Removing the Handcuffs on Weed
To borrow a peace slogan from the Vietnam War era, suppose they gave a war and nobody came?
Ira Glasser, who ran the American Civil Liberties Union from 1978 to 2001, recently summed up the significance of marijuana legalization on American politics:
“Without marijuana prohibition, the government can’t sustain the drug war. Without marijuana, the use of drugs is negligible, and you can’t justify the law-enforcement and prison spending on the other drugs. Their use is vanishingly small. I always thought that if you could cut the marijuana head off the beast, the drug war couldn’t be sustained.”
U.S. Senate Majority Leader Chuck Schumer (D-NY) seeks to prove Glasser right. Schumer and many of his colleagues in Congress have declared war on the War on Drugs, as this April 14 tweet attests:
Two weeks ago, New York state legalized recreational marijuana. Across the country, the movement to normalize drug laws is barreling ahead like a freight train. Marijuana, LSD, magic mushrooms, and a host of other psychotropic substances are entering the socio-economic mainstream. Investors should increase their exposure to these segments now, while equity valuations are still reasonable.
How did the War on Drugs start, anyway?
The Controlled Substances Act (CSA) was passed in 1970, at a time when the raucous antics of the counter-culture prompted the Nixon White House to launch what it termed a “War on Drugs.” President Nixon used the War on Drugs as a cudgel to pummel his enemies.
Over the years, Nixon’s War on Drugs didn’t substantially curb illicit drug use, but it accomplished at least one goal: the mass incarceration of the poor, especially Black and Latino men.
Drugs, substances, and certain chemicals used to make drugs are classified by the U.S. Drug Enforcement Administration into five distinct schedules (i.e., categories) depending on the drug’s acceptable medical use and the drug’s abuse or dependency potential.
Schedule I drugs have no currently accepted medical use and aren’t considered safe to use even under medical supervision. They’re considered to have a dangerous potential for abuse and dependency. Marijuana falls into Schedule I, under the CSA.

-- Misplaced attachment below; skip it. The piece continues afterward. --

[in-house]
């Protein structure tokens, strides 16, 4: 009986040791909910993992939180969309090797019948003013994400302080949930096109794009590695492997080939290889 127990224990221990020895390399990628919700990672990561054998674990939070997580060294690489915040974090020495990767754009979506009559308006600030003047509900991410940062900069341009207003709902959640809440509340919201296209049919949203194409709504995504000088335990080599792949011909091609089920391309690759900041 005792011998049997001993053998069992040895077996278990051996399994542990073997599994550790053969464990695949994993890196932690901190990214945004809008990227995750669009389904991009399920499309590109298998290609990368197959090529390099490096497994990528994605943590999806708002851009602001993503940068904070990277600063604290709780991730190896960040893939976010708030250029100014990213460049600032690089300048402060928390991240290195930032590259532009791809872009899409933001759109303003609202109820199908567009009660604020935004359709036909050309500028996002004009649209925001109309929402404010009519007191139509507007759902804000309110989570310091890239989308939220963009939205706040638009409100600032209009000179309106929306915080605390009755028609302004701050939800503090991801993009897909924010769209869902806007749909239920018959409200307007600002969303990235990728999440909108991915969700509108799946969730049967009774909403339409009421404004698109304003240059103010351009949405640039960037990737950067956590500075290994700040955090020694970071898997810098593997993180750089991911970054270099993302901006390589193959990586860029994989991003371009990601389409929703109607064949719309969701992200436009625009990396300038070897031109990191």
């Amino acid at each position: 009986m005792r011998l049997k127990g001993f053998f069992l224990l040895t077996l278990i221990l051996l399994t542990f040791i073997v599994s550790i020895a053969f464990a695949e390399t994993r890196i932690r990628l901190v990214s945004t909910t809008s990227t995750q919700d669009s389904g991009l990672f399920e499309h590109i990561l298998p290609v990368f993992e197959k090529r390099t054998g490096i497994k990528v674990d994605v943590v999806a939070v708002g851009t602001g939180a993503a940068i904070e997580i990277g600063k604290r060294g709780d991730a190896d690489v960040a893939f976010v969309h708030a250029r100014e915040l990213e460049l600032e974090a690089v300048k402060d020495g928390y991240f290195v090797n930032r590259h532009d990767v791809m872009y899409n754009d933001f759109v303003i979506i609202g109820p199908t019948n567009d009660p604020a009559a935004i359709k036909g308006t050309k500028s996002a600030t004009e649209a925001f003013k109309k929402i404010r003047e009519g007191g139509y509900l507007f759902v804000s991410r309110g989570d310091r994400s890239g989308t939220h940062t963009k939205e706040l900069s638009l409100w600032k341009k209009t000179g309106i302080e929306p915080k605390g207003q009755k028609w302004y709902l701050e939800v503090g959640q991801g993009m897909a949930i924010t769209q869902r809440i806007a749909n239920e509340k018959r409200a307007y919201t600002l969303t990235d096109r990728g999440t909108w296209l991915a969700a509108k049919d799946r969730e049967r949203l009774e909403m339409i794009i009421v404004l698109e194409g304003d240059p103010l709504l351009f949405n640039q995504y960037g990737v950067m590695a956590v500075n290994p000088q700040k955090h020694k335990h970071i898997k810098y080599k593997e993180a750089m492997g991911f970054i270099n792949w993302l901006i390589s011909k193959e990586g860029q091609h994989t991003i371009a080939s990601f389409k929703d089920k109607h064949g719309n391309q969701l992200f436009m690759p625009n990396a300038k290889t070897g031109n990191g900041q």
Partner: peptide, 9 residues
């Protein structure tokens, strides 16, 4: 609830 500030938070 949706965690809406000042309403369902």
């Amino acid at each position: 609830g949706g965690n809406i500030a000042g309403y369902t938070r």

States and other jurisdictions have continued to implement policies that conflict with federal law, beginning with passage of California’s Proposition 215 in 1996. During the 1990s, drug laws as a whole started to loosen.
Indeed, the current “green rush” traces its origins to 1996, when the voters of California agreed to allow patients and their caregivers to possess and cultivate marijuana for therapeutic purposes. Recreational use of marijuana became legal in California in 2018.
In recent years, former members of the Nixon administration have come forward to admit that the War on Drugs was a way for Nixon to persecute his political enemies (e.g., civil rights groups, minorities, the political left, and the anti-war movement).
Antiwar and black leaders routinely found themselves subject to investigations, surveillance, searches, and imprisonment for drug possession. They were demonized on the nightly newscasts and in television cop shows. Drug use continued nearly unabated but the prison population surged. Criminals and the Mafia made a fortune from illicit drug activity.
Now several members of Congress, including Senate Leader Schumer, want to put an end to the charade.
We’re witnessing the most pot-friendly political environment in American history. Several bills are pending in Congress that would remove federal restrictions on marijuana. Democrats tend to favor these bills and their party currently controls the White House and both chambers of Congress.
Investors should act now, before marijuana is legalized on a federal level. Marijuana stocks have been soaring lately in anticipation of Uncle Sam removing the handcuffs on Mary Jane. These equities have further to run. For our latest report on the best investment opportunities in cannabis, click here.
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